Save a 100-million-year-old legacy (and more)


In 2013, I met and befriended two UK tourists (Sara and David, husband and wife) who were first-time visitors to Tobago. On their final night on the island, while dining at my home (in Goodwood at the time) they expressed their yearning to see leatherback turtles. Five attempts to do so over the span of their three-week vacation had been unsuccessful.

After dinner I drove them to Turtle Beach. There were no guarantees that we would see leatherbacks, but with that night being their last, it was worth a try. Upon arrival at Heritage Park, I led my guests towards the turtle-friendly red light of the SOS Patrol on the sand. There, next to a small group of fascinated onlookers, was a mammoth-sized female leatherback, slowly and powerfully moving sand to make a nest for her multitude of eggs.

Each turtle can lay up to an average of 100 eggs, but faced with the perils of numerous human-related threats, only one out of every 1,000 hatchlings may survive.

“Oh my God...Oh my!” Sara whispered. David, eyes wide, mouth agape, remained silent for the next hour or so as the spellbinding egg-laying ritual unfolded before us.

Once she had covered her eggs, the majestic mother turned, propelled her body across the sand and disappeared into the ocean.

I have seen leatherback turtles on numerous occasions since my childhood. The most remarkable sighting I recall was in Grande Riviere, many years ago – an astounding number of massive black shapes congregated on the sand in silvery moonlight. To the first-time observer, from a distance, they probably appeared like mammoth rocks in an otherworldly landscape – until they started moving.

For Tara Short, founder of US-based Green Edventures, “every leatherback encounter is life-changing” – the reason why she started bringing her international tours to TT almost annually.

Leatherback turtles are the largest turtles on earth, capable of growing up to ten feet and weighing as much as 2,000 pounds. Over 100 million years ago their ancestors traversed this planet’s oceans. In current times, leatherbacks grace us with their presence, annually swimming thousands of miles from as far afield as Europe and Canada to our shores – one of their most important nesting grounds.

It is important for us to deeply consider these treasures from the deep and the immense value they bring to Trinidad and Tobago – a nation that strives to make a significant mark on the world through tourism. Natural assets, such as these phenomenal beings, should be protected and nurtured at all costs.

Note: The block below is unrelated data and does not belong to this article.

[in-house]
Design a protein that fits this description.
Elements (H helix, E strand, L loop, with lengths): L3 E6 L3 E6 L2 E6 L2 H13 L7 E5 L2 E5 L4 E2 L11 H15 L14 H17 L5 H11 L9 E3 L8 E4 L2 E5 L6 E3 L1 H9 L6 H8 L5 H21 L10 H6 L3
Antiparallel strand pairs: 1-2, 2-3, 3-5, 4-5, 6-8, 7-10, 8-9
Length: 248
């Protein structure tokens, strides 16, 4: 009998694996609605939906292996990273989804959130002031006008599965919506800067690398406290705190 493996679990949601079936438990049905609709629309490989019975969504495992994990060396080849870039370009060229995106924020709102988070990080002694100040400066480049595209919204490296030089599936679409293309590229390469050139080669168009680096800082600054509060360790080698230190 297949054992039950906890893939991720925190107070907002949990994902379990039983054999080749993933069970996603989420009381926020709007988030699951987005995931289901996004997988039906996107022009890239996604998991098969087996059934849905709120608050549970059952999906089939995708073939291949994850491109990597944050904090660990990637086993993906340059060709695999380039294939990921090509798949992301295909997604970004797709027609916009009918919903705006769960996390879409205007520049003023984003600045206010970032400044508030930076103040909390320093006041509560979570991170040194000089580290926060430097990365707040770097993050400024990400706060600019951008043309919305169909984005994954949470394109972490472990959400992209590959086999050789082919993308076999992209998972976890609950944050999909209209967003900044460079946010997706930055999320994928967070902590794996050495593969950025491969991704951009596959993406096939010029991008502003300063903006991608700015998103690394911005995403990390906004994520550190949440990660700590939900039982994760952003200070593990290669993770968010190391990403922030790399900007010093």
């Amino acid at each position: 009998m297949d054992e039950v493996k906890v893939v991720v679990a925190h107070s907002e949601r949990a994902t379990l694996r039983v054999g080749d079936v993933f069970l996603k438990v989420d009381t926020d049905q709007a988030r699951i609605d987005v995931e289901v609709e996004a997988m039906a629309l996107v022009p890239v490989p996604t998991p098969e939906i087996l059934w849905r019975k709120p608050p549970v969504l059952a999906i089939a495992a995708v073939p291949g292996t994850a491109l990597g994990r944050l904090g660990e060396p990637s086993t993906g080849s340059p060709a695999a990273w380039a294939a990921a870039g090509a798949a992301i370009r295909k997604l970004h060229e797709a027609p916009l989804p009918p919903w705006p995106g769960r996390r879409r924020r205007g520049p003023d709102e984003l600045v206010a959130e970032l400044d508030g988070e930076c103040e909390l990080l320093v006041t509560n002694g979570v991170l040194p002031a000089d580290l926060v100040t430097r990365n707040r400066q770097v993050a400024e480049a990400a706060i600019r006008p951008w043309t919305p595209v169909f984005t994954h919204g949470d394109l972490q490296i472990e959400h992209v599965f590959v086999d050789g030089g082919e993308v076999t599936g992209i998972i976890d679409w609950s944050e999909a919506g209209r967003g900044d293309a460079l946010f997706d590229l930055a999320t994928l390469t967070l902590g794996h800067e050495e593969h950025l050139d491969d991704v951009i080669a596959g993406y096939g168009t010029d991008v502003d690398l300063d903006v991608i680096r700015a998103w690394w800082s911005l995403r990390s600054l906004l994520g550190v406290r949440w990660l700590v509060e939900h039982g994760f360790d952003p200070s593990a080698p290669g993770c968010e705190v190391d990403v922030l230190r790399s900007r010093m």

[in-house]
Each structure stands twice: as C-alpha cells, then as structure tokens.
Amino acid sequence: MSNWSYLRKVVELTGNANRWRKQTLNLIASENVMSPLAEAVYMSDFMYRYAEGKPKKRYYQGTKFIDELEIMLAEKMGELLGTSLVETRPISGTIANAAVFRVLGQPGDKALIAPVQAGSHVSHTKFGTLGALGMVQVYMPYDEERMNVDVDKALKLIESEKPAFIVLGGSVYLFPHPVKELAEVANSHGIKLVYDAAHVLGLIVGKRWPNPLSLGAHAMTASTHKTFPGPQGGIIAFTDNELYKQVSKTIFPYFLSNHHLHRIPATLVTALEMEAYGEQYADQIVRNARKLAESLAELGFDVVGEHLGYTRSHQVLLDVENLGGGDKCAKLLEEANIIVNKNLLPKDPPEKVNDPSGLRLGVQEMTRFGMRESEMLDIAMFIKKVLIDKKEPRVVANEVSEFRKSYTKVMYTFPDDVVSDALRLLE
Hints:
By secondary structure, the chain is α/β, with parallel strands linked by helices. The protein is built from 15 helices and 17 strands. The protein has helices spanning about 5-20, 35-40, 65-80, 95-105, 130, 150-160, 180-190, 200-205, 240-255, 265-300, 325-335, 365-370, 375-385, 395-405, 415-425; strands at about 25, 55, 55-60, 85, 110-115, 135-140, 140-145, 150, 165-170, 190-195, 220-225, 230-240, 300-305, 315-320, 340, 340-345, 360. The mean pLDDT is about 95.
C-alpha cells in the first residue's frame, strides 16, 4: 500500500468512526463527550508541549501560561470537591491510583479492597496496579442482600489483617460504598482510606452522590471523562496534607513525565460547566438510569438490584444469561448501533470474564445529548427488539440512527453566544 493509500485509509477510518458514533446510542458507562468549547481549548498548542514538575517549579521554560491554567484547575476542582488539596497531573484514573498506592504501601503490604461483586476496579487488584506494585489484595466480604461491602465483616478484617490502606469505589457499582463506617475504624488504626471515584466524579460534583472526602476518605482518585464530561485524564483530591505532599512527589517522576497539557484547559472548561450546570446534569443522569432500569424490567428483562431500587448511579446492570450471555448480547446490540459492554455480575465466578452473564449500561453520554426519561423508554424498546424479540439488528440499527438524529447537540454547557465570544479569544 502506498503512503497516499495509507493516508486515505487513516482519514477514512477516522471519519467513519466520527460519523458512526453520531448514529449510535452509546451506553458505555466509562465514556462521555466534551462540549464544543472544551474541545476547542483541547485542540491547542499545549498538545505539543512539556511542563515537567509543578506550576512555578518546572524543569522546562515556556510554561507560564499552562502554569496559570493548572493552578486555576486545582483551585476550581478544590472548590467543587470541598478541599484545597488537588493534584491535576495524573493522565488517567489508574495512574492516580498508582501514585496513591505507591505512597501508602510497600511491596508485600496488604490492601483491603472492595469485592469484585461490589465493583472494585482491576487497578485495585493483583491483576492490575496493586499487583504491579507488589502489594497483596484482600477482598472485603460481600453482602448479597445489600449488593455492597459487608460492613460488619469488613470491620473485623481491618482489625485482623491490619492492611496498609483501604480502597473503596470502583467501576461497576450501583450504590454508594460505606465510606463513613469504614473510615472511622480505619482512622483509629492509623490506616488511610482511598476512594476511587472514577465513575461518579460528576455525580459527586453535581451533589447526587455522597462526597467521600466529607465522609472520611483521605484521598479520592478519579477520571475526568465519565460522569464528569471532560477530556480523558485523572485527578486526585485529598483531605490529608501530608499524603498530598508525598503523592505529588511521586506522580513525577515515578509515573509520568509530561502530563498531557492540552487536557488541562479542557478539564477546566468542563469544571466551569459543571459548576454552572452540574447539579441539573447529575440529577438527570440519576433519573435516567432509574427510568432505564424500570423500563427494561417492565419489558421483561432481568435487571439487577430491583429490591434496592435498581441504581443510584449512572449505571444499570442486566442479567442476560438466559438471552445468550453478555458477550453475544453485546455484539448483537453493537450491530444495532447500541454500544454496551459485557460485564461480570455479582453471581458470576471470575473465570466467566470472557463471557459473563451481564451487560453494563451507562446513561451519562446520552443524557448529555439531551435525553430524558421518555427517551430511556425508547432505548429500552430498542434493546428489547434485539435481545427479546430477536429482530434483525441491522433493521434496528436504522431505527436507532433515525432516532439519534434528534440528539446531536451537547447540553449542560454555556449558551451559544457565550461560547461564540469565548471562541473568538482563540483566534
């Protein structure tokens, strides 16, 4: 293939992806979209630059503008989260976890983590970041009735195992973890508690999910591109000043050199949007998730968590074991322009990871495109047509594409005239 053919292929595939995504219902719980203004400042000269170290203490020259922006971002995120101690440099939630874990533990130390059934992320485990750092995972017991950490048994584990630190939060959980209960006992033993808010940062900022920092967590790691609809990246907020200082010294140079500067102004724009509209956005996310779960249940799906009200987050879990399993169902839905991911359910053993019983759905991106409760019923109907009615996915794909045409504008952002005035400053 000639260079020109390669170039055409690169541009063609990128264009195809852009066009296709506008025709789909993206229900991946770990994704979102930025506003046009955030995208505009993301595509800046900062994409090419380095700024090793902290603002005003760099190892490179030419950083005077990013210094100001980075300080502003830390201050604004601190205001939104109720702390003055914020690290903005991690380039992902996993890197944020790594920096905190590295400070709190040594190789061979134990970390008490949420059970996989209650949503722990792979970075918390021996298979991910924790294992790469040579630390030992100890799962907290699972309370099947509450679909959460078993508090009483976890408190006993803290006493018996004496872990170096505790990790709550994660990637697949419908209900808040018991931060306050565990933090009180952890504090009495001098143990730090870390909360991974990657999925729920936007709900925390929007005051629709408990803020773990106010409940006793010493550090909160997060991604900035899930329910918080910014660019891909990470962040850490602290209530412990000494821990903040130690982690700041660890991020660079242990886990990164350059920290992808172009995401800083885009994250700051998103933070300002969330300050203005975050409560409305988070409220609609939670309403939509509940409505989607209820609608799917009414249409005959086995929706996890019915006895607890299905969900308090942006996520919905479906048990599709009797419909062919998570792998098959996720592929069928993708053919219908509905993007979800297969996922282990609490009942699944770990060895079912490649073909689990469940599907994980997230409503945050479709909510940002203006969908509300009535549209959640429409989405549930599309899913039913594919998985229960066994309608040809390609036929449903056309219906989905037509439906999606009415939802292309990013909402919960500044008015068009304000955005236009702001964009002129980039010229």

Locally, leatherbacks and four other species of turtles are listed and protected as environmentally sensitive species and are further protected by international environmental conventions.

Many of us are aware of the range of threats (mainly human-related) that contribute to decreasing global turtle populations – from overharvesting for shells, meat and pollution, fatal plastic ingestion, boat collisions, bycatch in gillinets, and more.

Currently in Trinidad, leatherbacks face a potential new threat to their existence – the proposed multi-purpose port at Grande L'Anse Bay, Toco. Naturally, we must ask if this massive project is aligned with the commitment TT has made to international environmental conventions. Should the port be allowed to see the light of day at the proposed location, we stand to lose a cornucopia of natural treasures through irreparable damage to the surrounding (protected) environment and the intimately connected livelihood of people in the area for whom fishing and tourism are mainstays.

SpeSeas (a local non-profit, non-governmental organisation promoting positive change and sustainable use of our ocean resources using science, advocacy, and outreach) makes the following statement:

“SpeSeas recognises that negative environmental impacts are to be expected with any development project, and that the benefits and costs must be weighed. However, in our assessment, the development and operation of the proposed project will result in significant negative impacts, including on the local, regional, and global environment, that are not commensurate with the proposed benefits. For example, the destruction of an important and unique reef system, and severe consequences to turtle populations in the Caribbean and Atlantic Ocean. In light of this, in our assessment, the development of the proposed Toco Port is not acceptable and should not move forward.”

For more information please visit


"Save a 100-million-year-old legacy (and more)"

More in this section